In 2001, she attended a workshop on gender. “Listening to the resource person, Mangsatabam Sobita of the Women Action for Development (WAD), an NGO based in Imphal, I realised that what she was terming as gender discrimination is what I had been experiencing all along. She has been an inspiration and an adviser since then,” says Najma.
From establishing self help groups (SHGs) of women selling vegetables and rearing cows to generating income independent of their husbands, to fighting domestic violence and gender discrimination cases, to opening a shelter home for destitute ‘pangan’ women – the first of its kind in Manipur – Najma’s journey has been fraught with obstacles and struggle.
“At first, the menfolk and the ‘maulvis’ (Muslim clerics) started whispering amongst themselves, ‘Najma is leading all the ‘pangan’ women to do Meira Paibi work like the Meitei women’. They would ask my family about my whereabouts if I stayed overnight for workshops,” she narrates.
But even as the struggle grew harder, more women were approaching Najma for help. Matters came to a head when, in early 2006, the ‘maulvis’ used the local public address system to announce that all women SHGs in the village were banned on religious grounds. “‘Najma is making the women go outside the home, they will all become ‘barbaad’ (ruined)’ – this is what they said,” she reminisces.
When she continued working, Najma and her family were ostracised. “We were not to use the community ponds or buy from the local shops. I thought it was a huge joke, but one day when my youngest son came crying saying that the shopkeepers had refused to sell sweets to him, I realised what I was up against. My son kept crying and I cried with him,” she recalls.
Determined to defy the ban, Najma went ahead and took water from the pond of the ‘maulvis’. In retribution, her husband was threatened with death if he didn’t stop her from working. Ayub stood by her this time and was beaten up twice.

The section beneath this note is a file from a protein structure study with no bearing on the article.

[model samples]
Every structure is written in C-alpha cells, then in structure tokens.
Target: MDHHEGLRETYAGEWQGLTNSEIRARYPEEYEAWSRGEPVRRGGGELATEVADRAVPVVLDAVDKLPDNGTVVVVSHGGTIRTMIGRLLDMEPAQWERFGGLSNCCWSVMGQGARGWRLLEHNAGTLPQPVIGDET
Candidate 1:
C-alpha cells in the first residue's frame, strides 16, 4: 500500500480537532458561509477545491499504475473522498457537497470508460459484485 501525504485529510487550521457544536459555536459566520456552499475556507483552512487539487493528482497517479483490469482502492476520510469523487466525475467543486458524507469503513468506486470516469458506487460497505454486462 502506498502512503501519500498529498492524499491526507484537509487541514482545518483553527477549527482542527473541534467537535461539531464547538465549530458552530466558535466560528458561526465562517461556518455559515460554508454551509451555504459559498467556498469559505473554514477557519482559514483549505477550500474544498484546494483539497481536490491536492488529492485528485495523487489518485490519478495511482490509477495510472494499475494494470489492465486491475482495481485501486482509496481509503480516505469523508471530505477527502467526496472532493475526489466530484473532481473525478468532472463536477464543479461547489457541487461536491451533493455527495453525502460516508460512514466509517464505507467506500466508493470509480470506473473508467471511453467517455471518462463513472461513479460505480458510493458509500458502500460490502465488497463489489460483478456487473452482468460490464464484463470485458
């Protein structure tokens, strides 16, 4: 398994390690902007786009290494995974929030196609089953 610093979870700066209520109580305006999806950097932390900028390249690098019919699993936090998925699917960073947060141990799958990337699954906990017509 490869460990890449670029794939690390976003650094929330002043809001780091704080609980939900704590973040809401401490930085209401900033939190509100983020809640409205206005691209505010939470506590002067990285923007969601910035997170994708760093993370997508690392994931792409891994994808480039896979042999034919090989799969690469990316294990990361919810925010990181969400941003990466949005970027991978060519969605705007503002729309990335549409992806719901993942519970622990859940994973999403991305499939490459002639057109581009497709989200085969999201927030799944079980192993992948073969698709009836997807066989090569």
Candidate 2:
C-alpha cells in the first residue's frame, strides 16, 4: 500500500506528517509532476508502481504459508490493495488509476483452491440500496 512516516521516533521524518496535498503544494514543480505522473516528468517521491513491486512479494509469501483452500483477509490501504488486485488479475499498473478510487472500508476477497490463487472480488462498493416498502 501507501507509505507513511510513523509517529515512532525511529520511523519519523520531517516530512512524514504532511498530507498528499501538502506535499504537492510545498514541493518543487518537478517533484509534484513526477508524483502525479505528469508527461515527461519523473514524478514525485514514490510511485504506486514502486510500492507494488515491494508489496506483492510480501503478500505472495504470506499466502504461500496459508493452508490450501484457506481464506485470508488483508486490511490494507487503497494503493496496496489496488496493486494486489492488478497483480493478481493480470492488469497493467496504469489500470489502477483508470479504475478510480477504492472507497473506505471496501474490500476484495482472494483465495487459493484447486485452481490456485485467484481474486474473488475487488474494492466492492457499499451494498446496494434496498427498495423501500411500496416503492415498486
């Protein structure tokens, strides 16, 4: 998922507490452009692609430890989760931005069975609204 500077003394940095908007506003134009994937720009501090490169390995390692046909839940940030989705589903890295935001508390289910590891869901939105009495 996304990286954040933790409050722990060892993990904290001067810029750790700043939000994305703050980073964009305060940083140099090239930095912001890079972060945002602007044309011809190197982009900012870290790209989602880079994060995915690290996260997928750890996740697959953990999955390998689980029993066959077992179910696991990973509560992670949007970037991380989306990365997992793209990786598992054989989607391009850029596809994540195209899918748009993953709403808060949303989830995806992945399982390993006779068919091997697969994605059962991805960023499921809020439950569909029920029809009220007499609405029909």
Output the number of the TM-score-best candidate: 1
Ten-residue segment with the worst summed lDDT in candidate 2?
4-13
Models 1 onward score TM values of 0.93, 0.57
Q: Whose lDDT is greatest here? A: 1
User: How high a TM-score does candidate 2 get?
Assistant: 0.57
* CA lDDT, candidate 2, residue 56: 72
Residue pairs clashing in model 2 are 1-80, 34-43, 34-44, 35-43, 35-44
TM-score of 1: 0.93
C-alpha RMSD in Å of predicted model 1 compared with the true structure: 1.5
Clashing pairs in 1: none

The matter was settled in June 2006, only after a meeting of the ‘maulvis’ in the presence of the Jamiatul Ulama, Manipur, and representatives of the United Manipur Muslim Women Development Organisation (UMMWDO) and the All Manipur Muslim Students’ Organisation (AMMSO) at Babupara. It was decreed that Najma wasn’t doing anything wrong by working for the betterment of women and that all accusations against her were false.
“One maulvi approached me the other day and asked me to take in his daughter into our SHG work,” she smiles in triumph.
In her office, the Organisation for Social Development (OSD) located at Santhel, Najma welcomes all those who need her help. “We must have fought about 100 cases till now, most of them with the help of WAD,” she says.
At present, her shelter home has two inmates – Samina, 21, and a high school student, Thoibi (name changed), who was duped by her tuition teacher into sexual relations with promises of marriage and then deserted. Samina’s parents-in-law had subjected her to enormous harassment, even to the extent of getting her to abort two pregnancies. Her husband, a rickshaw driver, had stood by her for some years, but joined in the harassment later on. Samina, who didn’t want to face the humiliation of returning to her parental home, turned to Najma for help.
Though women in Manipur across communities have a relatively higher status when compared to other parts of India, patriarchal traditions as well as prolonged conflict in the state have spawned widespread crimes against women, especially domestic violence, rape, molestation and even murder.
(Courtesy: Women’s Feature Service)
By Anjulika Thingam Samom